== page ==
I’m pleased to report that it was a civilized conversation.  Even with different points of view, we both agreed that you cannot solve Canada’s transportation issues by focusing on one commodity or on one carrier — all players must work together. And this is not an easy task.

Right now the federal government is examining these issues through the lens of the Canada Transportation Act Review, as it does every ten years.  This is a positive step but nowhere near enough.  We need a much deeper and broader policy reflection on ways to expand the capacity, improve the flexibility and maintain the economic efficiency of our system.   We need seamless access across borders.  We need flexibility and surge capacity.  We need interconnectivity and an ability to be nimble.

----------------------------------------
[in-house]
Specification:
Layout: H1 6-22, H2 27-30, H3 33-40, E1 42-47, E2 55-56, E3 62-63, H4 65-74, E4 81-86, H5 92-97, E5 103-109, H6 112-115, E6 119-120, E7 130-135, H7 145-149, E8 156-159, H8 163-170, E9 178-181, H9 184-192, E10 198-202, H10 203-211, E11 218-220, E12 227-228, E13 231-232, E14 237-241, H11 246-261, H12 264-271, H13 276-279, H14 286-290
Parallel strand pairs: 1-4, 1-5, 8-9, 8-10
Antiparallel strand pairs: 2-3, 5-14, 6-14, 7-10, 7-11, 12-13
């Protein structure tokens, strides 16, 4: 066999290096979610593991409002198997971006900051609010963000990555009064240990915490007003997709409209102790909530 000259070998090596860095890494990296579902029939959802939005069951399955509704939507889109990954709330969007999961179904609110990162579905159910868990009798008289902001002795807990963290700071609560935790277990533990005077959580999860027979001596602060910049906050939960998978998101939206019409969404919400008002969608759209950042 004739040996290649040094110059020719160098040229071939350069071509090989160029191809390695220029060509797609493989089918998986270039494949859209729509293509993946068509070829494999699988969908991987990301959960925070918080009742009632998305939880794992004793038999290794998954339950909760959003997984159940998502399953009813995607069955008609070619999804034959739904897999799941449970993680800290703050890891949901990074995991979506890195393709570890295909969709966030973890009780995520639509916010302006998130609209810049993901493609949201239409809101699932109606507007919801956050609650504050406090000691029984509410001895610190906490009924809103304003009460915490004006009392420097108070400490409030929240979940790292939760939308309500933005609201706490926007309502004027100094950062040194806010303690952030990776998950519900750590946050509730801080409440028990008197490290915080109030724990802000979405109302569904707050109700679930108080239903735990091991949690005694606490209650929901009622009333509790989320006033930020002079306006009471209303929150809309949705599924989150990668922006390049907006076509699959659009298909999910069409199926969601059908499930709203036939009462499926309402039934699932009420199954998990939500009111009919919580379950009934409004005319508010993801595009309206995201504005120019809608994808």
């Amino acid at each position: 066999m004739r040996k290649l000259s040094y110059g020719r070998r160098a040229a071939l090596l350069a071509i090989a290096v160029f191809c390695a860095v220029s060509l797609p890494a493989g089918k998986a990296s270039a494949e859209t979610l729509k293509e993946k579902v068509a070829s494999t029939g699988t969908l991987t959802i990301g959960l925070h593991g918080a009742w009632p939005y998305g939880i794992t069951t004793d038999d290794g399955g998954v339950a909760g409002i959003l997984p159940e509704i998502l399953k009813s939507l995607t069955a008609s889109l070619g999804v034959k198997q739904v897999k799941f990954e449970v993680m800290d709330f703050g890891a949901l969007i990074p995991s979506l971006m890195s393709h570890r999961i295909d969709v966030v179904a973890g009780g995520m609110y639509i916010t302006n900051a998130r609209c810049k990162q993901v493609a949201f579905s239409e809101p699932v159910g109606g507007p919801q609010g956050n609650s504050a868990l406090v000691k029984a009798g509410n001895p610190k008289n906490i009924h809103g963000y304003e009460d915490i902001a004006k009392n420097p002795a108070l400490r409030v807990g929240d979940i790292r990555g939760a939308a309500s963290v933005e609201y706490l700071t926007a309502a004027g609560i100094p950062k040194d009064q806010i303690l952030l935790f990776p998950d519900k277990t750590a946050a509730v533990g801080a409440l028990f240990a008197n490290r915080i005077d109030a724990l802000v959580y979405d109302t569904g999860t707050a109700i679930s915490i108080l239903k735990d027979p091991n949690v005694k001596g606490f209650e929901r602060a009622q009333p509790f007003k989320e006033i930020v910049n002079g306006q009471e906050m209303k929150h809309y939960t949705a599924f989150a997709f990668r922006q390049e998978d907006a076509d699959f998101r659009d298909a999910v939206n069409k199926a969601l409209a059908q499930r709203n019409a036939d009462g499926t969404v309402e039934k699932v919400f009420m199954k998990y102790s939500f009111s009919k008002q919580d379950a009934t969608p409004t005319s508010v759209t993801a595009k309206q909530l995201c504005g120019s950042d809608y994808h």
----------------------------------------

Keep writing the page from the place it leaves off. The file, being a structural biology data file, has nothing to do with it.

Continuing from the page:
And we need to examine the needs of remote communities who are captive to a single form of transportation.  Going back to the words of Mackenzie King, we need to recognize the vast geography of our country.  The reliability and economic efficiency of our transportation system is much more challenged by our geography than smaller countries or more densely populated nations. Many of the natural resources we export around the world need to be hauled from remote communities who are captive to a single form of transportation.  

Our challenging geography made Canada and our geographic distances remain a challenge today.  Let’s be as bold and visionary as our forefathers and have a public policy debate on ways to “right-size” the transportation system and in doing so ensure job creation and prosperity for Canada.